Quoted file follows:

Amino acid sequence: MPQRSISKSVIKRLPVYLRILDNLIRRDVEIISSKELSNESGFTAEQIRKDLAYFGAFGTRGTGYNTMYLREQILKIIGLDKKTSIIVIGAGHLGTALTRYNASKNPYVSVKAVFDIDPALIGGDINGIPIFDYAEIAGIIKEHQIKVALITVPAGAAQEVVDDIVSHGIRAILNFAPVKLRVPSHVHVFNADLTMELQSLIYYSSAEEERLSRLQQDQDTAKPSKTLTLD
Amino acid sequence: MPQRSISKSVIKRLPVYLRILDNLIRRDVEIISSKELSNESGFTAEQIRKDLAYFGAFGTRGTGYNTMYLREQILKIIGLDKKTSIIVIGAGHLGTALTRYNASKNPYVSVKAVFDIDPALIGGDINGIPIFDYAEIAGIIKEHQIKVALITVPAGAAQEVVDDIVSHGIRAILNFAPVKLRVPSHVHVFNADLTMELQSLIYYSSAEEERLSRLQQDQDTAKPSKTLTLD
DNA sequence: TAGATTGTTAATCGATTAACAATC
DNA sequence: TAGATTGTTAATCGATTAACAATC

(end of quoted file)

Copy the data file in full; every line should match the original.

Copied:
Amino acid sequence: MPQRSISKSVIKRLPVYLRILDNLIRRDVEIISSKELSNESGFTAEQIRKDLAYFGAFGTRGTGYNTMYLREQILKIIGLDKKTSIIVIGAGHLGTALTRYNASKNPYVSVKAVFDIDPALIGGDINGIPIFDYAEIAGIIKEHQIKVALITVPAGAAQEVVDDIVSHGIRAILNFAPVKLRVPSHVHVFNADLTMELQSLIYYSSAEEERLSRLQQDQDTAKPSKTLTLD
Amino acid sequence: MPQRSISKSVIKRLPVYLRILDNLIRRDVEIISSKELSNESGFTAEQIRKDLAYFGAFGTRGTGYNTMYLREQILKIIGLDKKTSIIVIGAGHLGTALTRYNASKNPYVSVKAVFDIDPALIGGDINGIPIFDYAEIAGIIKEHQIKVALITVPAGAAQEVVDDIVSHGIRAILNFAPVKLRVPSHVHVFNADLTMELQSLIYYSSAEEERLSRLQQDQDTAKPSKTLTLD
DNA sequence: TAGATTGTTAATCGATTAACAATC
DNA sequence: TAGATTGTTAATCGATTAACAATC